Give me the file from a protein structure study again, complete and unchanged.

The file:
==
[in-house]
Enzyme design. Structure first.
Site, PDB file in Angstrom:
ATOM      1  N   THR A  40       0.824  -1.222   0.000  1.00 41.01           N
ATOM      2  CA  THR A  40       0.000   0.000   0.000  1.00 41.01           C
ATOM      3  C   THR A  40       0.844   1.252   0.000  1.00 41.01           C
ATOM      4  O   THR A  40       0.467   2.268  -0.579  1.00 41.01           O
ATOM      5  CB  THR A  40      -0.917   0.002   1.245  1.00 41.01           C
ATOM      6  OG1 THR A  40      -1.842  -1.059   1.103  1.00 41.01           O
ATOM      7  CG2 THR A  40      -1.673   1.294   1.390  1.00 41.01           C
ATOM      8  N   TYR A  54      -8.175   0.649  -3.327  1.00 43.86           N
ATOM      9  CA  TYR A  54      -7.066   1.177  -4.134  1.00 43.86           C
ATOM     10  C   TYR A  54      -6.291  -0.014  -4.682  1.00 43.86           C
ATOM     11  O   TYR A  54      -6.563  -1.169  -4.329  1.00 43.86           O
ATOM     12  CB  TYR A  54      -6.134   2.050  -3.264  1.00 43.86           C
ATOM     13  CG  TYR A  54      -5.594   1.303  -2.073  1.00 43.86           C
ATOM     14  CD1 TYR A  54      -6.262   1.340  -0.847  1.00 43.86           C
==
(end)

[in-house]
Enzyme design. Structure first.
Site, PDB file in Angstrom:
ATOM      1  N   THR A  40       0.824  -1.222   0.000  1.00 41.01           N
ATOM      2  CA  THR A  40       0.000   0.000   0.000  1.00 41.01           C
ATOM      3  C   THR A  40       0.844   1.252   0.000  1.00 41.01           C
ATOM      4  O   THR A  40       0.467   2.268  -0.579  1.00 41.01           O
ATOM      5  CB  THR A  40      -0.917   0.002   1.245  1.00 41.01           C
ATOM      6  OG1 THR A  40      -1.842  -1.059   1.103  1.00 41.01           O
ATOM      7  CG2 THR A  40      -1.673   1.294   1.390  1.00 41.01           C
ATOM      8  N   TYR A  54      -8.175   0.649  -3.327  1.00 43.86           N
ATOM      9  CA  TYR A  54      -7.066   1.177  -4.134  1.00 43.86           C
ATOM     10  C   TYR A  54      -6.291  -0.014  -4.682  1.00 43.86           C
ATOM     11  O   TYR A  54      -6.563  -1.169  -4.329  1.00 43.86           O
ATOM     12  CB  TYR A  54      -6.134   2.050  -3.264  1.00 43.86           C
ATOM     13  CG  TYR A  54      -5.594   1.303  -2.073  1.00 43.86           C
ATOM     14  CD1 TYR A  54      -6.262   1.340  -0.847  1.00 43.86           C